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Agile + Lean + No Vision = ?

In the digital age, the need to transform your business in the face of competition is only going to become more important, and more difficult. Start-ups can build all of this in from the beginning, and have a whole host of success and horror stories from which to choose their inspiration. Large organisations that have developed slowly over time do not have this luxury, but the fear of ‘disruption’ has them mad-scrambling looking for a way forward.

Increasingly, they are turning to Agile and Lean as ways to kickstart their business transformation efforts.

Let me be clear, I have nothing against either of these tools, but that is all they are; tools. They are a means to the end, not the end itself, and over-reliance ON the tools will eventually lead you astray. Unless the business goals drive the tool choice, and NEVER the other around, all the action items in the world won’t get you where you need to be.

This requires a Vision.

And not just one vision, you need a vision per department. There’s no point trying to promote change when your HR department still hires people in exactly the same way, and are looking for the exactly same ‘corporate fit’. What you’ve always had got you here, only something else will get you somewhere different.

IN security for example, an example of a vision statement goes something like; “We will provide world-class defence for all information assets to enable and optimise all corporate goals and exceed client expectations.”

There are millions of these vision STATEMENTS out there, but three things that a lot of organisation who tout them seem to lack are; a) an understanding of what “defence for information assets” actually entails, b) what the most important things are to the foundation of such an effort, and c) the ability to execute that plan at the right level.

For example; Everyone who’s been in security for more than 5 minutes should know that without a policy framework, you have nothing to build your security program on. You then work out very quickly that any policy framework not signed and evangelised from the highest levels of an organisation will be basically ignored. An information security policy framework (ISPF) signed by the CSO is unlikely to followed wholeheartedly by the the other C-levels, an ISPF signed by the CEO will.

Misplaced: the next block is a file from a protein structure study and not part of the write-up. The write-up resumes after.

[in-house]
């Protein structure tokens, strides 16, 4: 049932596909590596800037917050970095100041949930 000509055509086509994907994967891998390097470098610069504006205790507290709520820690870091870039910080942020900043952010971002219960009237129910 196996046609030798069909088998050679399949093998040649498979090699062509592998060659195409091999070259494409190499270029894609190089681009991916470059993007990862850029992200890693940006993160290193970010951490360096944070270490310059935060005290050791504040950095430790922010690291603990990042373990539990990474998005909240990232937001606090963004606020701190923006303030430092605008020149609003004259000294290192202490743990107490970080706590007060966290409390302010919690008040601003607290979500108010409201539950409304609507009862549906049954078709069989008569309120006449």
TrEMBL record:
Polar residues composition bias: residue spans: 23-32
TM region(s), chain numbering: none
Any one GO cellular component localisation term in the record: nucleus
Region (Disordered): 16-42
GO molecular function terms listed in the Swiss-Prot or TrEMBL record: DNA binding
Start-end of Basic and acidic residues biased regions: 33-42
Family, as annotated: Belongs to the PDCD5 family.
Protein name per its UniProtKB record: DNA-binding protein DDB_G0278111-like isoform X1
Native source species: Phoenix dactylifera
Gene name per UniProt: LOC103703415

Quick Advice: If you’re a security expert, never work for someone who is not prepared to at least ask the CEO to sign something, especially policies, it’s just not worth it.

It is very easy to bandy words like Agile and Lean around, especially if you’re the one doing the delegating, but it’s very difficult to LEAD a team when you yourself either haven’t defined what your vision looks like, or worse, you don’t have one and you simply regurgitate things you’ve just read in a book.

Frantic energy expended on a series of action items [Agile] assigned to a few key people [Lean] is one thing, doing this with a vision of what SHOULD be is quite another.

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Running PCI as an Agile Project?

First, I have only been ‘doing’ Agile stuff for a little over 2 weeks, so this will be less about project management and more about how achieving PCI compliance should be done. Or or this case, could be done …potentially …unless I’m completely off the mark.

Like any project, PCI is just a whole bunch of action items, assigned to an individual, with a due date. That’s it. Unlike frameworks such as ISO 27001, PCI is written down for you, so it makes sense that a methodology like Agile would be well suited to keep a PCI project moving.

The reason that PCI compliance is so difficult for a lot of organisations, is that regardless of the seeming simplicity, determining what those actions ARE, or which to start first, or even knowing when to stop, can be more of an art form that a science. This is why there are so few good QSAs, as they are the ones who are supposed to be providing the guidance on every question you may have, even before you know enough to ask them.

We’ll leave, budget, resources, and having having management who give a crap aside.